* Soybean plants—how long can they survive flooding? Soybean survival is similar to corn survival, but beans are a bit more tolerant to flooding. Research from Minnesota shows flooding for 6 days or more may result in plant loss. With warmer temperatures soybean plants in flooded soils may only survive a few days. Yield losses are seldom noted in fields flooded for 48 hours or less.
Four days or more of flooding stresses the bean crop, delays the plants' growth, and causes plants be shorter with fewer nodes. Flooding for 6 days or more can depress yields significantly, while flooding for a week or more may result in significant (or entire) losses of stand. The rate of field drying after a flooding event also plays a large role in soybean survival (Sullivan et al, 2001).
Also, researchers have found yield reductions to be much greater on flooded clay soils than on silt loam soils when flooded for the same period of time (Scott et al, 1989). At V4 stage of soybean growth, these researchers reported yield losses of 1.8 bushels per acre per day of flooding on a clay soil and 0.8 bushels per acre per day on a silt loam soil.
Wet and flooded soils are especially favorable for soilborne, moisture-loving pathogens Pythium and Phytophthora. Pythium appears to cause most damage to seedlings of soybean or corn, and Phytophthora can damage soybean seedlings or start infections in the early summer that may develop and kill soybean plants later in the summer.
* Forages: An ISU ICM Newsletter article reported on similar conditions in 2007 covering the basic concerns with flooded hay and pasture stands. If flooded forage has noticeable silt deposits, it will not ensile/ferment well, and will be unpalatable. If possible, wait for another rain to wash off the silt, otherwise it might only be useful as bedding material.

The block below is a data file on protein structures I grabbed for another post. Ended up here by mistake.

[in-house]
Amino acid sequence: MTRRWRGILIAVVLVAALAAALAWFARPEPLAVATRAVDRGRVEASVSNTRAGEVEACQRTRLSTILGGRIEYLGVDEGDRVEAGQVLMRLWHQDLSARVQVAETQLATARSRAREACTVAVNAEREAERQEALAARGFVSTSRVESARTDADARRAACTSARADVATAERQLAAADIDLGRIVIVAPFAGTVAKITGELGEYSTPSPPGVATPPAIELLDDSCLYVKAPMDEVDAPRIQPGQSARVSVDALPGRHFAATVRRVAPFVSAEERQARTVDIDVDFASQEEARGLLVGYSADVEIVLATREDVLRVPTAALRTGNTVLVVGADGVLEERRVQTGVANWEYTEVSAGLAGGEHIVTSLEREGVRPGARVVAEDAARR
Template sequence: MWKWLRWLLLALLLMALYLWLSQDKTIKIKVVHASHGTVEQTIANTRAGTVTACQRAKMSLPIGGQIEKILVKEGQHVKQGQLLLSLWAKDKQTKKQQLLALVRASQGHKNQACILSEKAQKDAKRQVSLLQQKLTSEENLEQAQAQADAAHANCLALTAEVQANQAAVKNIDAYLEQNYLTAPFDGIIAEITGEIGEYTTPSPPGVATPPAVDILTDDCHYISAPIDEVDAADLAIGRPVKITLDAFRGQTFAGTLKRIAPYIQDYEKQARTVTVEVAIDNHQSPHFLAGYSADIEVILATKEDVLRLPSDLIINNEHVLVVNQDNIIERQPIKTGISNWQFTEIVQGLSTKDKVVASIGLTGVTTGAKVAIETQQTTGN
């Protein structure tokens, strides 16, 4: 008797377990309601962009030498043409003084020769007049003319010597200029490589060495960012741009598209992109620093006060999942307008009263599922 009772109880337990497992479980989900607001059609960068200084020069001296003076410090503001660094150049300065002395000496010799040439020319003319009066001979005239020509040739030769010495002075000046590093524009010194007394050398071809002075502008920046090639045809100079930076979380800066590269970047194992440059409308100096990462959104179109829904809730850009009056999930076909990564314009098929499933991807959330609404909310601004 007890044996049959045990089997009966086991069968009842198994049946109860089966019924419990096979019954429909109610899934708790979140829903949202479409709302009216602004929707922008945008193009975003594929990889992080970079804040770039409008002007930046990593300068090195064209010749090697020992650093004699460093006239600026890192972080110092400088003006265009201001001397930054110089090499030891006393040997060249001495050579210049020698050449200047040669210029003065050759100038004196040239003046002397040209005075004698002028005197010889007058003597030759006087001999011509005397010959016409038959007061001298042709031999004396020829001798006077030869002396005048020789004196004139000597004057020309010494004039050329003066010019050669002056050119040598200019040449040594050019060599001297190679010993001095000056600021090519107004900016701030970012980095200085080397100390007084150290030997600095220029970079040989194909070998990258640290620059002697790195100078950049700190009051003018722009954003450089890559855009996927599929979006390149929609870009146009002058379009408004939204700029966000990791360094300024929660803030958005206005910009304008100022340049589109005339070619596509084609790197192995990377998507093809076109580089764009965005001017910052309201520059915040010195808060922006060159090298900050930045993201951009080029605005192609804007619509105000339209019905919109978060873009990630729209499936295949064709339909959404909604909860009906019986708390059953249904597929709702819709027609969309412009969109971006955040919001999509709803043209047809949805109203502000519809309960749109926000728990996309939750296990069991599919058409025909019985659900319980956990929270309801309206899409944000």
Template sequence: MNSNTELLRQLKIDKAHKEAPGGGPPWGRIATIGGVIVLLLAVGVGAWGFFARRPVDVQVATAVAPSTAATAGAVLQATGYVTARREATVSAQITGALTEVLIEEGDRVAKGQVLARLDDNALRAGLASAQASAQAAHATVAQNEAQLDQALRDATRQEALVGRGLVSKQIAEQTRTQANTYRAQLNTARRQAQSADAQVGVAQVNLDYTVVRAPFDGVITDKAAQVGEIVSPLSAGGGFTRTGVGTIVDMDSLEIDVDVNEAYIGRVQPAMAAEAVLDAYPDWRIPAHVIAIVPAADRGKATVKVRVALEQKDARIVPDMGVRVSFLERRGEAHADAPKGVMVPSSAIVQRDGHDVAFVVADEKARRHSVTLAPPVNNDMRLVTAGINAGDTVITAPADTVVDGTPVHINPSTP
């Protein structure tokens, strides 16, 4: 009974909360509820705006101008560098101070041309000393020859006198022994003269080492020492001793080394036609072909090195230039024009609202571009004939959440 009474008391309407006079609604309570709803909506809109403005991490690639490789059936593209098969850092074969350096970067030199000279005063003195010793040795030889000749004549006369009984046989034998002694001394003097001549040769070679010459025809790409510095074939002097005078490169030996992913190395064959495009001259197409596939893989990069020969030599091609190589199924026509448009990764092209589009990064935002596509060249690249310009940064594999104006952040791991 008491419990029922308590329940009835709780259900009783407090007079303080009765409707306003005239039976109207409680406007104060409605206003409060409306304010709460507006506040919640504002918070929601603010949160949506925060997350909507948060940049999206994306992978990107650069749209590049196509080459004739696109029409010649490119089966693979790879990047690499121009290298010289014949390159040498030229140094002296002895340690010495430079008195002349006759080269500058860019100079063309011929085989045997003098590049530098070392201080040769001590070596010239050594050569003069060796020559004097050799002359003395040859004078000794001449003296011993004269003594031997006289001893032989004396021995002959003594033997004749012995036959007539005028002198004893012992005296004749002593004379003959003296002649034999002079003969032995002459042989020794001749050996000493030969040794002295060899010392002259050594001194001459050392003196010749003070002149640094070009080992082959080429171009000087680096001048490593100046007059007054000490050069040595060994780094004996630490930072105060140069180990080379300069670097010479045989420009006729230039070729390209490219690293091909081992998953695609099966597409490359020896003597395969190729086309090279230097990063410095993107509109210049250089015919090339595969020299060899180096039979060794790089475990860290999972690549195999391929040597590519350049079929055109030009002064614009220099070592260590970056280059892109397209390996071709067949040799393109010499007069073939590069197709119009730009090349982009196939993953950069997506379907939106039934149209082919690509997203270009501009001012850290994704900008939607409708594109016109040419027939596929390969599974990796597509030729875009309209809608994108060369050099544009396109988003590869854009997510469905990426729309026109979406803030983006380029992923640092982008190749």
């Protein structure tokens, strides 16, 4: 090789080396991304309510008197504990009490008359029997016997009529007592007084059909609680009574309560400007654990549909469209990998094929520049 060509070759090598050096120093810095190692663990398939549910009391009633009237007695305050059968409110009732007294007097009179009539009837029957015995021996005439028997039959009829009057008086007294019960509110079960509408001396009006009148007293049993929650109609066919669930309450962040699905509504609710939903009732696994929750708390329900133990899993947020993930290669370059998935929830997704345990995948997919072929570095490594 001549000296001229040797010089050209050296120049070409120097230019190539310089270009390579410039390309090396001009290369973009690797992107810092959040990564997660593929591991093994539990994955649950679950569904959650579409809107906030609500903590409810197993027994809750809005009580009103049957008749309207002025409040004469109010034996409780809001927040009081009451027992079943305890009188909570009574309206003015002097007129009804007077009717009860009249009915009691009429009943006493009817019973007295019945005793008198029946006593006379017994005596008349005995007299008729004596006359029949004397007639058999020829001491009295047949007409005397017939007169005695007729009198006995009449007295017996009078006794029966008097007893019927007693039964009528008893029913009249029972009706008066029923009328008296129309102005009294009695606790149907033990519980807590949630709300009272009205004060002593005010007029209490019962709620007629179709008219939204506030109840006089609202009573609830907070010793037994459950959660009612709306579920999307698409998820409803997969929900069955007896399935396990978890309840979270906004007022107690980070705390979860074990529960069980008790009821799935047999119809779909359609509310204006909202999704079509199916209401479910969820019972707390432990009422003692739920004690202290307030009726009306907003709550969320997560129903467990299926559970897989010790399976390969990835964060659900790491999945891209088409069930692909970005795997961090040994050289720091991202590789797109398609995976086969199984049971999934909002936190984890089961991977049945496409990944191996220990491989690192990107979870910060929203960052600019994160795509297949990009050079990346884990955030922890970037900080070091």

Alternative forages—what can you plant on "lost" acres?
Any consideration of a crop/forage option planted into corn or soybean acres lost to flood or hail must first take into account herbicides previously applied to the land. Read the labels to sort out your options.
* Forage and cover crop considerations for flooded fields: If you're thinking about putting some summer forage in drowned-out spots, read this article written by recently retired ISU Extension forage specialist Steve Barnhart. He wrote it in 2010, another flood year, explaining the options.
* Comparison of yield & quality of summer forages: This article from research at Arlington Wisconsin compares both yield and quality of various July 1 planted forage options.
How much nitrogen is lost from flooded soils? Some areas of Iowa have recently received heavy rainfall, resulting in soils saturated or with standing water. This article by ISU Extension soil fertility specialist John Sawyer discusses these issues.
Home cleanup, basement, mold & mildew, etc. Go to ISU's "Recovering from Disasters" web site.